Thank you for your support. Your desire to make a difference in this world has made a difference, and we are so thankful that Afghan people have had their lives changed with your help.
We wanted to share with you a very special opportunity to give more than 100% from November 10 through December 1st. Please share this with those you know who care. During this time, we are privileged to receive additional matching funds from your donation through Global Giving of at least 30%. The need is still great. Afghanistan struggles to become a country of strength and stability.
Here are 3 stories of women who have found the power within their lives:
Khalida returned from Iran a few years ago. She faced many problems in Afghanistan, like lack of a job, because she was illiterate. Fortunately, she was introduced to the AIL center by one of her friends. Her first priority was to be literate and she started the literacy class. After she completed the 6th grade level, she got admitted in the embroidery class because she wanted to learn a skill so she can have an income to help her family. She learned this skill too, and graduated from the course. Right now she works at this center as the trainer of embroidery. She is so happy because she teaches other women there to be self sufficient. She added that AIL changed her life, and she would like to thank all the AIL staff because of their good work for the community.
Another woman said “My uncle forced my cousin to sit at home and not go to school because the situation in Afghanistan is not good and girls are for housework. He believed girls do not have the right to be educated and it’s shaming for them. After I took an AIL workshop, I got up my courage and I went to my uncle’s house to talk with him. I made him agree that education is important. Now, after two years, my cousin has joined the school and she is very happy.”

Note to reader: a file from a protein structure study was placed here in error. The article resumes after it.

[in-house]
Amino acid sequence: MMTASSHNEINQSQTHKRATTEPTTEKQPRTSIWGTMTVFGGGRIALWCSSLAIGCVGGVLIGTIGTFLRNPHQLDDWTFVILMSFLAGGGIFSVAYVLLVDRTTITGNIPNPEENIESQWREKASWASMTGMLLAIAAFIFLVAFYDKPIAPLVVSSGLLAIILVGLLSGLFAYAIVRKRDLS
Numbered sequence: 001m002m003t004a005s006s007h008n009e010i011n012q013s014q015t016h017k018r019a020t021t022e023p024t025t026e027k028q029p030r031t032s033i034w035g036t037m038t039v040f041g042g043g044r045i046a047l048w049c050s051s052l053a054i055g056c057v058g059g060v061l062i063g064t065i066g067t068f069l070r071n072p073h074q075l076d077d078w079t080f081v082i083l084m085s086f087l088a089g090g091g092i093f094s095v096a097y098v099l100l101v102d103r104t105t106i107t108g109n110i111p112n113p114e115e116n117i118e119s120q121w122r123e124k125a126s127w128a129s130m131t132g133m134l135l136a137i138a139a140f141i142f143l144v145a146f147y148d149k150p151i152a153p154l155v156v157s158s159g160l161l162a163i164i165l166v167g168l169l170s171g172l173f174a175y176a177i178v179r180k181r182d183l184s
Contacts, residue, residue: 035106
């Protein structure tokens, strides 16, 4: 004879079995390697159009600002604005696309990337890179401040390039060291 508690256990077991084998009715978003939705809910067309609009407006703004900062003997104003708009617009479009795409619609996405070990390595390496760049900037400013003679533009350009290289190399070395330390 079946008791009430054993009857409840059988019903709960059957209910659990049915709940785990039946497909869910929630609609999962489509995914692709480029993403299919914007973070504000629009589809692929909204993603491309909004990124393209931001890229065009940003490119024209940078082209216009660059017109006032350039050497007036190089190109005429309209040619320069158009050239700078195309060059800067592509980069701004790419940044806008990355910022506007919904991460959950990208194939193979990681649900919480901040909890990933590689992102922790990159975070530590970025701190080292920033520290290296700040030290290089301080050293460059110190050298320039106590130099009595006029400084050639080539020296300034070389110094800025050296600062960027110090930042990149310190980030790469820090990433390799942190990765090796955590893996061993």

Says Ghorsana, “During the war in Afghanistan we went to Pakistan, where we had a very bad life. I was at home and my husband was selling water. I joined a sewing course and I finished the course successfully. I then got a sewing machine and started a sewing course at home for other Afghan refugees. One of my students had a bit of money, so she bought two other sewing machines for students to work on. At night I sewed clothes for people, and during the day I had sewing classes. Slowly my life became good. When we came back to Kabul, my husband and I got our previous jobs back and now we are living happily. I empowered myself and also many of my students are sewing and financially covering the needs of their families. I am happy that I had a good vision.”